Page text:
Security Affairs

Education and National Security

The memory of the gruesome December 16, 2014 terror attack on Army Public School, Peshawar, will always convulse the Pakistani nation. The sheer barbarity of the attack and scale of its brutality is unparalleled; the horror unbearable. 144 people, including 122 school-going children, were mowed down mercilessly by the Taliban militants as they attempted desperately to kill the national spirit through an unprecedented bloodbath. But the Pakistani nation is resilient and its resolve is indomitable. The immediate, inevitable grief and sorrow in the aftermath of the tragedy led to a resolve by the nation, spearheaded by its military and civilian leadership, that terrorists cannot cow us down.


And, on December 16, 2015, the first anniversary of the APS tragedy, this resolve was reiterated in glowing tributes as the nation remembered the martyrs in ceremonies across the country. In emotional speeches at sombre events and candlelit vigils, the little martyrs of Peshawar were remembered with teary eyes and heavy hearts. In documentaries on the television news networks, their young lives were celebrated. The anniversary became a collective sum of remembrance and sadness, imbued with the resolve of renewal and reinvigoration.


Most strikingly, one of the most fitting tributes came from the Inter-Services Public Relations Directorate, the media wing of the Pakistani military, when it released a powerful and evocative song ‘Mujhay maa us sae badla lene jana hai, Mujhay dushman k bachon ko parhana hai’ (Mother, I have to go seek revenge from him/I have to educate the enemy’s children).


The lyrics of the song eschew the natural urge of violent revenge. Instead, it is an expression of the desire of the young to ‘educate’ the children of the ‘enemy’, to help them crawl out of the darkness that has been thrust upon them by the terrorist mindset. The video of the song delivers a powerful message: education is the key that would unlock the minds of those surrounded by obscurantist and errant interpretations of religion, mired in militancy and violence.


Unfortunately, Pakistan has one of the lowest literacy rates in the world. It was 58 per cent in 2015, a stark contrast to the 88 per cent target set by the United Nations for 2015 under its Millennium Development Goals. For a nation with so much promise and potential, such a low rate of literacy means that its population, especially the youth, cannot reach their true potential.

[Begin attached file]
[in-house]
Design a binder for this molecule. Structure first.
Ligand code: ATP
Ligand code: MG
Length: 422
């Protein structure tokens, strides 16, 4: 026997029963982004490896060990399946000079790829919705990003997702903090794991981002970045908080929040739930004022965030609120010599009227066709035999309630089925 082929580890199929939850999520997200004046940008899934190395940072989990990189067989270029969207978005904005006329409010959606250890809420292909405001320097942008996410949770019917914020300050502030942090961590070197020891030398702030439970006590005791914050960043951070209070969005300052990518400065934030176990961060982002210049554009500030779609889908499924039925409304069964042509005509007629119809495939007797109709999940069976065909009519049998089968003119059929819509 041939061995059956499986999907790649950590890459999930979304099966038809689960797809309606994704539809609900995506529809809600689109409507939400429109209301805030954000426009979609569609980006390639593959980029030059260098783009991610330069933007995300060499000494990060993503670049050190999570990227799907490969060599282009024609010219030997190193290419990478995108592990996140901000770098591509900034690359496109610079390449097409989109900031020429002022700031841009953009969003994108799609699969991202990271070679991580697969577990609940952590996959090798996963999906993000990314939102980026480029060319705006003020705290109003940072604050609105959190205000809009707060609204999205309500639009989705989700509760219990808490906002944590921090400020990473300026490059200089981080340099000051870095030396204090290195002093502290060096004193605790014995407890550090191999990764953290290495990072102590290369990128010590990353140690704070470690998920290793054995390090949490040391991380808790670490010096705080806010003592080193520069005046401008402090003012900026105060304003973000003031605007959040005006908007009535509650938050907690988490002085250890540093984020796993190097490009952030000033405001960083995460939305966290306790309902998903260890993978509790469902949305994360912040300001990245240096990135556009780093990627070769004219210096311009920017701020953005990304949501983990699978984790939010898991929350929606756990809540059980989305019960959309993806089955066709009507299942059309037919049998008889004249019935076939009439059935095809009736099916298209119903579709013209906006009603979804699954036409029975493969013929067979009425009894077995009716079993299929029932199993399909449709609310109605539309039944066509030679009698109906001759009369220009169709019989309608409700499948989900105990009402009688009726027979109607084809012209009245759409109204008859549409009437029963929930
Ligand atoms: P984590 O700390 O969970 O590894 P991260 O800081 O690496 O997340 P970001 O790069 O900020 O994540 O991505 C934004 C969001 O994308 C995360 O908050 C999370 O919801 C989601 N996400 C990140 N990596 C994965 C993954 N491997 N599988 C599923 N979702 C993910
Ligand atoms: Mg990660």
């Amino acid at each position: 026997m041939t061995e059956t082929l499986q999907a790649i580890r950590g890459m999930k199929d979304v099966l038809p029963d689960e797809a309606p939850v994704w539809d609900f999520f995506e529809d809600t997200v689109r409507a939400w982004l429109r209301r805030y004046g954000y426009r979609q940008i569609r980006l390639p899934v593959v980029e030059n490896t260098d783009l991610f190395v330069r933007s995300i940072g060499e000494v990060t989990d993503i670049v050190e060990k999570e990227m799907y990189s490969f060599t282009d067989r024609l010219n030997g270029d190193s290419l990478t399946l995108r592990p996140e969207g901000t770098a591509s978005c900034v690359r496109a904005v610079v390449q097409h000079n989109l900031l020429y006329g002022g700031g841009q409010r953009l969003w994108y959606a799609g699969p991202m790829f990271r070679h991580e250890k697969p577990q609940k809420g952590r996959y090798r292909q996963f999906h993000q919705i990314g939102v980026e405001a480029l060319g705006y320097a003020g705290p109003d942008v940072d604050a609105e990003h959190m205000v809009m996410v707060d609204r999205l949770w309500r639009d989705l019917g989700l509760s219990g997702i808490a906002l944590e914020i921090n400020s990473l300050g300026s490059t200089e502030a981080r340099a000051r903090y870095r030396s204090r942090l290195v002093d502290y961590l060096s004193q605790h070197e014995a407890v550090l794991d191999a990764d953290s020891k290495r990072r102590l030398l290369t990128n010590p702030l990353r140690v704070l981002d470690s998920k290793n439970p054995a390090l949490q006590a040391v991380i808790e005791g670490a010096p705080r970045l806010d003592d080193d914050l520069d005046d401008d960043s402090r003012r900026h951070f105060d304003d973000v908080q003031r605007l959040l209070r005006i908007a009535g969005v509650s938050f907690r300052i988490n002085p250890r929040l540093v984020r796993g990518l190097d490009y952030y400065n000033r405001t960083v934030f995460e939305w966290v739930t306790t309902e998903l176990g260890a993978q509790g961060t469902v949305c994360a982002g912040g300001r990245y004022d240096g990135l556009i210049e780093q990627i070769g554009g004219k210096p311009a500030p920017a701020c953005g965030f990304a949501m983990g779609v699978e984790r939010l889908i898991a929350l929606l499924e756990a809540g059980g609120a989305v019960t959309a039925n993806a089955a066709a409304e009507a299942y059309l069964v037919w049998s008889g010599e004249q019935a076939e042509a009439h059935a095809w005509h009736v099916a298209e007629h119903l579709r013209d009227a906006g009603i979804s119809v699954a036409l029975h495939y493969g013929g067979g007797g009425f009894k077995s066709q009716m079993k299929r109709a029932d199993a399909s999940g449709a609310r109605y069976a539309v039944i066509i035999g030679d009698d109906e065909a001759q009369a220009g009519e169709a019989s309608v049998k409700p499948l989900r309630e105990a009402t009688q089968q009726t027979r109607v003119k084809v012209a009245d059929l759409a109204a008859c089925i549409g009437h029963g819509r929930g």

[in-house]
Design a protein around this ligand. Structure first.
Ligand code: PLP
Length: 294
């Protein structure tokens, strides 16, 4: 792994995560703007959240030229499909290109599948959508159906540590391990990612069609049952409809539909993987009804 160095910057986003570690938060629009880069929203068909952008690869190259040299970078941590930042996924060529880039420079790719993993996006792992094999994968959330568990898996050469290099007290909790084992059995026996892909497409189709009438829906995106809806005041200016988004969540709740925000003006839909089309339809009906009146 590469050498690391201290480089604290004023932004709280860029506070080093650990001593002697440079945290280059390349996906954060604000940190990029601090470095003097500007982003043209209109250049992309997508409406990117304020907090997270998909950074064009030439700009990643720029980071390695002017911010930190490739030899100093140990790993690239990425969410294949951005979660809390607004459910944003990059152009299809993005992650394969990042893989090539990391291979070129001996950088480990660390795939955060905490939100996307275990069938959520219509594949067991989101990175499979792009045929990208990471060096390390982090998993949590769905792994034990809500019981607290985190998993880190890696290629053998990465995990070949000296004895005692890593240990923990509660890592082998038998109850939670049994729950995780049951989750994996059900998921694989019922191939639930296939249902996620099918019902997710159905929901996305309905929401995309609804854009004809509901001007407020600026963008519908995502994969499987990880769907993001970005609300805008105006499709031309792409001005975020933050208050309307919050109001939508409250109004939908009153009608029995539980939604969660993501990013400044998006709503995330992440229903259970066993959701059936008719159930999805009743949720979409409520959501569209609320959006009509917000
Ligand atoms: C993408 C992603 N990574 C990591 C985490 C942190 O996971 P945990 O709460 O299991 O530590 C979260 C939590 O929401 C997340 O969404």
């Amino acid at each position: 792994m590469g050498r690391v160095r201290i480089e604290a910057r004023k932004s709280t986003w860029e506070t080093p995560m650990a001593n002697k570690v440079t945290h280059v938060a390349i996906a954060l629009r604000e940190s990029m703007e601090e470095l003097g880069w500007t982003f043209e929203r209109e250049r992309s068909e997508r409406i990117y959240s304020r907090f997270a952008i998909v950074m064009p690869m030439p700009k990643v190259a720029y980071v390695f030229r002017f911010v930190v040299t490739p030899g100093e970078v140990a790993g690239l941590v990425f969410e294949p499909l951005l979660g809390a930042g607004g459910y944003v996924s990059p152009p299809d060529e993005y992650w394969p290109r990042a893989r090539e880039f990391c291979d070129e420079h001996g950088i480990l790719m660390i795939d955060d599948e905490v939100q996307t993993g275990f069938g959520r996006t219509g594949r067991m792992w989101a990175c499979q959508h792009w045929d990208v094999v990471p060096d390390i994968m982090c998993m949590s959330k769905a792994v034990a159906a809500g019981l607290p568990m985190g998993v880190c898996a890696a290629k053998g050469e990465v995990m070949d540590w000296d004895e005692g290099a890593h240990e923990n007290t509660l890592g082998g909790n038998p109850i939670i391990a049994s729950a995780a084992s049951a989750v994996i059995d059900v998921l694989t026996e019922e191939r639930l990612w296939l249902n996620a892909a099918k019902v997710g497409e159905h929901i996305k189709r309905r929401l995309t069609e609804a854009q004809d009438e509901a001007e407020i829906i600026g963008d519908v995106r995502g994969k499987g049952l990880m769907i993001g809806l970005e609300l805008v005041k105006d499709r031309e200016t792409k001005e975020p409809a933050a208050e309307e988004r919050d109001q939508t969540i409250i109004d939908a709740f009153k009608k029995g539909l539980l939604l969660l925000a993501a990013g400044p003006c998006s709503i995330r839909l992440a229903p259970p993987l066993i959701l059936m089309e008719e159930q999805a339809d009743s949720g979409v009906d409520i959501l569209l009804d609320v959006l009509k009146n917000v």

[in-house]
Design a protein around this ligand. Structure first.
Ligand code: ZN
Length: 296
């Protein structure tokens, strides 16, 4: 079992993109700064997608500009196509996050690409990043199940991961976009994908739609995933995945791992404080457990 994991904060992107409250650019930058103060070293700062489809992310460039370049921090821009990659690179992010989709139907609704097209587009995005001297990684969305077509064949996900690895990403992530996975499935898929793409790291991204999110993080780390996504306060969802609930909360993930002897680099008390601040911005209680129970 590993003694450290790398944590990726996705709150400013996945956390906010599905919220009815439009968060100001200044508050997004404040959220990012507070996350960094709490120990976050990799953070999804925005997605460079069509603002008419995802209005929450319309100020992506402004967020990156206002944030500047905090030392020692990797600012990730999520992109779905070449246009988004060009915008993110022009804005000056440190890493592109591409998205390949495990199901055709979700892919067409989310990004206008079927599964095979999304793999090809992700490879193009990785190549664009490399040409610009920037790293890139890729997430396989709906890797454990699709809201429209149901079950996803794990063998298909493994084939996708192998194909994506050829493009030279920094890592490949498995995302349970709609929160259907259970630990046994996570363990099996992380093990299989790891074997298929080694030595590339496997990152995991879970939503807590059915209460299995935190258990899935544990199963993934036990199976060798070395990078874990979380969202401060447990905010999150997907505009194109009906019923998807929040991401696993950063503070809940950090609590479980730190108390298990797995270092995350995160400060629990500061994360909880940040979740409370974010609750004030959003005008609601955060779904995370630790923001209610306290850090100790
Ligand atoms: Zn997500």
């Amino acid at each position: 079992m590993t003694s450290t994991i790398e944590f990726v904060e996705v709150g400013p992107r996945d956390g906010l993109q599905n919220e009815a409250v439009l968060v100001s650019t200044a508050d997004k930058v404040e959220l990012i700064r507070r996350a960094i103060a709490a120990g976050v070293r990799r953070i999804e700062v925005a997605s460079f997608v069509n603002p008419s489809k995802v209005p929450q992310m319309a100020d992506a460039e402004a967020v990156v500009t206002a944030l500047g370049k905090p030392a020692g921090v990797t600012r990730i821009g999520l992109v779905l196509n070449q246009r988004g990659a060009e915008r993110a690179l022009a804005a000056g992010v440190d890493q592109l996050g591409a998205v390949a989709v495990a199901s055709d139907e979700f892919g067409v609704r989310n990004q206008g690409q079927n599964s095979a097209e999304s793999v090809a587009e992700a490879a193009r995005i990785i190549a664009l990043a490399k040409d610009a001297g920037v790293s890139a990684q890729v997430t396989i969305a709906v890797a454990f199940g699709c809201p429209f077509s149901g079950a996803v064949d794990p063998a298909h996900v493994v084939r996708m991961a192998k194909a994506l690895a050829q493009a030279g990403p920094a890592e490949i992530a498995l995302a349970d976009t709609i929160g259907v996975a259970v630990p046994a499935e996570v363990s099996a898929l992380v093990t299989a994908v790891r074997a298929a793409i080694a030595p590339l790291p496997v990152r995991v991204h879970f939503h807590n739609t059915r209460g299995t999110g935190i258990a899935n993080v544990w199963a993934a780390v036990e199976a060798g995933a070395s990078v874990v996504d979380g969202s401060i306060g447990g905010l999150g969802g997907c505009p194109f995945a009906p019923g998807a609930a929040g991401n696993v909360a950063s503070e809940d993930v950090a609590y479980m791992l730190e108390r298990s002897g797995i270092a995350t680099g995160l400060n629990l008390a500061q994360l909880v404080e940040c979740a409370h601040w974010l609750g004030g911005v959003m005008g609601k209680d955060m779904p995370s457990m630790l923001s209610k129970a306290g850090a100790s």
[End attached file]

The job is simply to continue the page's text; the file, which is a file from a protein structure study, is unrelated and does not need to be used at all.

Education, and the knowledge it imparts, is essential for national growth and competitiveness in the world. In a globalized age of specialised scientific knowledge and advancement, education paves the way towards progress and societal advancement. An educated citizenry is a must for developing a society that can be at par with the leading developed countries of the world. Unfortunately, Pakistan is not producing enough scientists and professors, technical experts and professionals, who can add to the core of invaluable intellectual capital essential to give the country a competitive edge in an interconnected and globalised economy.


Fixing the domestic economy is an integral part of this gargantuan task and therefore unequal distribution of wealth and income disparities need to be addressed. National security is essentially a function of the economy and a robust and vibrant economy cannot be attained without excellence in education.


But it is not just the technological and scientific aspects of the education system of the country that can transform a nation. It is only one of the several parts of the bigger picture. The education system should also cultivate a citizenry that is deeply aware of the national interest and strives to preserve and enhance it without any confusion and obfuscation. As noted by some recent studies, security of a country is not just dependent on its military prowess and might. It is the human capital that determines the effectiveness of national security and this capital, in turn, is contingent upon the quality of the public school system.